Two suicide car bombs detonated at a checkpoint near Mogadishu's international airport, close to the African Union's main base. The extremist al-Shabab group claimed responsibility for the attack.
Two suicide car bombers detonated at a checkpoint near Mogadishu's international airport on Monday, police and witnesses said.
The first explosives-laden vehicle exploded as security forces were searching cars at the checkpoint, Captain Mohamed Hussein told the Associated Press. The checkpoint is located near the main headquarters of the African Union peacekeeping mission in Somalia (AMISOM).
The first blast enabled a second explosives-laden vehicle to pass through the checkpoint, at which point African Union troops engaged with gunfire and the vehicle exploded, AMISOM wrote on Twitter.
The second, more powerful blast destroyed part of the nearby Peace Hotel, which is also located near United Nations offices and the airport.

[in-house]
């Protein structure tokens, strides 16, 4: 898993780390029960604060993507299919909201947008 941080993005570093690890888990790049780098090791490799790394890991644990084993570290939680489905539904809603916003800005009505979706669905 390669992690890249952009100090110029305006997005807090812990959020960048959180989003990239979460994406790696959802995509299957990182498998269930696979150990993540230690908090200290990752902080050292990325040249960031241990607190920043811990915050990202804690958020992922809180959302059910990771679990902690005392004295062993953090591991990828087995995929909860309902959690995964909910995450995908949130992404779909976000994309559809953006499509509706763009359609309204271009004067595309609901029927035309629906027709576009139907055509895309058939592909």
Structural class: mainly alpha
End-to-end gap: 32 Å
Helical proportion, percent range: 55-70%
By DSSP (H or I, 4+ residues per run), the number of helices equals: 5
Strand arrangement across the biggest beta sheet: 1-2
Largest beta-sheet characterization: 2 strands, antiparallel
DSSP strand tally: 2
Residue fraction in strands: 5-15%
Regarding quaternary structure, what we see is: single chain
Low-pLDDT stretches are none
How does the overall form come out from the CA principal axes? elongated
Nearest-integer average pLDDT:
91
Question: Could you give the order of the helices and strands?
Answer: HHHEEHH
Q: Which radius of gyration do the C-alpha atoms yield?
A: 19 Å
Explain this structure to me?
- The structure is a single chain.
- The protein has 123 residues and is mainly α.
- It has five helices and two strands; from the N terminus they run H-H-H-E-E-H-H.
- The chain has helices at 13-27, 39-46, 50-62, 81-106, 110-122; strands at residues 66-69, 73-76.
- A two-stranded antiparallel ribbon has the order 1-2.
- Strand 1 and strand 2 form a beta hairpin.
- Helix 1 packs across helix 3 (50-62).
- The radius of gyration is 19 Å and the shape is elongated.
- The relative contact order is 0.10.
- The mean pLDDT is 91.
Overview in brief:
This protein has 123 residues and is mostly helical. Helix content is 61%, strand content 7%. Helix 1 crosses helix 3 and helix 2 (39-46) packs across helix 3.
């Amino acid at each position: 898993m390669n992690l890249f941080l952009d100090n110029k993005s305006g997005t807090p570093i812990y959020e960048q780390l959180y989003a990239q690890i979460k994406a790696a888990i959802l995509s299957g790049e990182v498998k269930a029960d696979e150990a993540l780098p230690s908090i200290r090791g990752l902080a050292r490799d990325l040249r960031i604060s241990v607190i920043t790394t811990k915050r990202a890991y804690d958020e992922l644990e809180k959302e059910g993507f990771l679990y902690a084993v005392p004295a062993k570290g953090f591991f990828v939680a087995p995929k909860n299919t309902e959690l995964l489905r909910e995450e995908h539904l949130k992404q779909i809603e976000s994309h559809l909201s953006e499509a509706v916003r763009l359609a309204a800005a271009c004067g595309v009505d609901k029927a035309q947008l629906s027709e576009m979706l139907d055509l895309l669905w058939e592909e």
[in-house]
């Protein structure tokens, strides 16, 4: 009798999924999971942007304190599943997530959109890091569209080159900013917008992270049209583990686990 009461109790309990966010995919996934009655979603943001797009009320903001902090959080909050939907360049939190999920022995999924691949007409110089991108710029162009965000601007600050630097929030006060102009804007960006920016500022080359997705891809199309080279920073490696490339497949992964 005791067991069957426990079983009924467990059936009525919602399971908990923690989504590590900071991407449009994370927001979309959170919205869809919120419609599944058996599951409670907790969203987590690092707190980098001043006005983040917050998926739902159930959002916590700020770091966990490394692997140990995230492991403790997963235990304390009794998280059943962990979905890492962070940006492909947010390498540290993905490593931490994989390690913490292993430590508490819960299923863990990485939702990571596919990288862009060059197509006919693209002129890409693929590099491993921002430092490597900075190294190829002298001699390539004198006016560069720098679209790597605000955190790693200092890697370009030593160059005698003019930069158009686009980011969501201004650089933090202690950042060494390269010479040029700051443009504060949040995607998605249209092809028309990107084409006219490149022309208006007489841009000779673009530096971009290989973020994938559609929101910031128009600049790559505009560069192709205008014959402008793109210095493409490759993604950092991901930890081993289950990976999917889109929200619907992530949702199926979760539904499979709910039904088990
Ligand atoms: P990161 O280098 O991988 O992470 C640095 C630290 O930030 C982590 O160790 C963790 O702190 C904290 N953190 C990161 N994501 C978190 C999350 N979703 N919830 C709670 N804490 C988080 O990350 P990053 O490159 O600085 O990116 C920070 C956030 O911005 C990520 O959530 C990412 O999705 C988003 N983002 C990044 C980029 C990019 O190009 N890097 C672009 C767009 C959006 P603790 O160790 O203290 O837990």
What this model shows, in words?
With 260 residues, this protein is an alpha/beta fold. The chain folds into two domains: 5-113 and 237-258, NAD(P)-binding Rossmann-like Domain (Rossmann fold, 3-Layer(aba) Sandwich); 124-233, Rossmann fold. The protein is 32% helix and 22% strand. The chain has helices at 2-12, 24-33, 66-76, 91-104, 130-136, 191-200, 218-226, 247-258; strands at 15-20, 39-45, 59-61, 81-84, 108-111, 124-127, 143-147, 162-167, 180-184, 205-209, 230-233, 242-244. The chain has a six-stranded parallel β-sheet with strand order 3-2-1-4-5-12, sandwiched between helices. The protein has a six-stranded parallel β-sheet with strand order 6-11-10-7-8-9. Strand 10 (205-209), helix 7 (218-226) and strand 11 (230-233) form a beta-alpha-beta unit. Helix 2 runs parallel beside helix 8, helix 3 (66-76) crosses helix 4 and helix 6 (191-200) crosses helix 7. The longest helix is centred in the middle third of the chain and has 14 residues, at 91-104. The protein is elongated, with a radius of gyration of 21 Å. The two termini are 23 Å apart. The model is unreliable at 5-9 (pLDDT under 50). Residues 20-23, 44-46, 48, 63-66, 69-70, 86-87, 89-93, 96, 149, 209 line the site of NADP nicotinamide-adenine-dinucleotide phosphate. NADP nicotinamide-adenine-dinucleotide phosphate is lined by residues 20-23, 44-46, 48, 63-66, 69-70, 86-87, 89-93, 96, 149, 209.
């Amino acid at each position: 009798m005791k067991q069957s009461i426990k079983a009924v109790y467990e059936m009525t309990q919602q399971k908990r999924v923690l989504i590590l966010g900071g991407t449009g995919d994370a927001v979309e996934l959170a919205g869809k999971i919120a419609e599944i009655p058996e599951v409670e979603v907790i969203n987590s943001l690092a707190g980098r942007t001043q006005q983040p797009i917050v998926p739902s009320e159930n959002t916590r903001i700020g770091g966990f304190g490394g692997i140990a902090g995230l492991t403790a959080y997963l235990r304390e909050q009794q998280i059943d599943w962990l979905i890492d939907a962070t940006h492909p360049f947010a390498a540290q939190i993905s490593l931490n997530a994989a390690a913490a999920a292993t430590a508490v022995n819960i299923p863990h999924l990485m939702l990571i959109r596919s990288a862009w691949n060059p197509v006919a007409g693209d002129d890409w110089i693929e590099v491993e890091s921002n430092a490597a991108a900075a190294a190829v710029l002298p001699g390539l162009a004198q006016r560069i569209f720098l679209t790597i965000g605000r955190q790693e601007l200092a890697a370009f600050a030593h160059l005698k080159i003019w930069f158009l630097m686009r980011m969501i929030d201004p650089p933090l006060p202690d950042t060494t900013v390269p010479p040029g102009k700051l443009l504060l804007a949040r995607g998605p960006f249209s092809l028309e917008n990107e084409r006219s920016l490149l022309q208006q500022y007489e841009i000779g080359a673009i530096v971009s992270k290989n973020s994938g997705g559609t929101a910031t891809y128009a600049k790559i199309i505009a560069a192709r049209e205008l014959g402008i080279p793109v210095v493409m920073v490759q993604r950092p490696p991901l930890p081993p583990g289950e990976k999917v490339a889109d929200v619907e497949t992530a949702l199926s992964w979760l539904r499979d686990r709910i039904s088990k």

"The drivers ... were trying to move into the Peace Hotel, which is popular with Westerners and African Union and government officials," senior police officer Ali Hassan Kulmiye told news agency DPA.
At least three security forces died in the attack, another Somali police officer told Reuters. He added that the death toll is likely to rise due to the intensity of the blasts.
Images of a huge column of smoke rising from the area circulated on social media. The powerful blast ripped roofs off nearby buildings.
The Islamic extremist al-Shabab group claimed responsibility for the bombings through its radio arm, Andalus.
Somalia's capital has seen a spate of bomb attacks at hotels and military checkpoints. In July, two suicide car bomb attacks killed 13 people when the bombers detonated outside the office of the UN's mine-clearing agency and an army checkpoint near the African Union's main base.
The country's presidential election has been delayed multiple times due to security and other concerns.
rs/kms (AP, AFP, dpa, Reuters)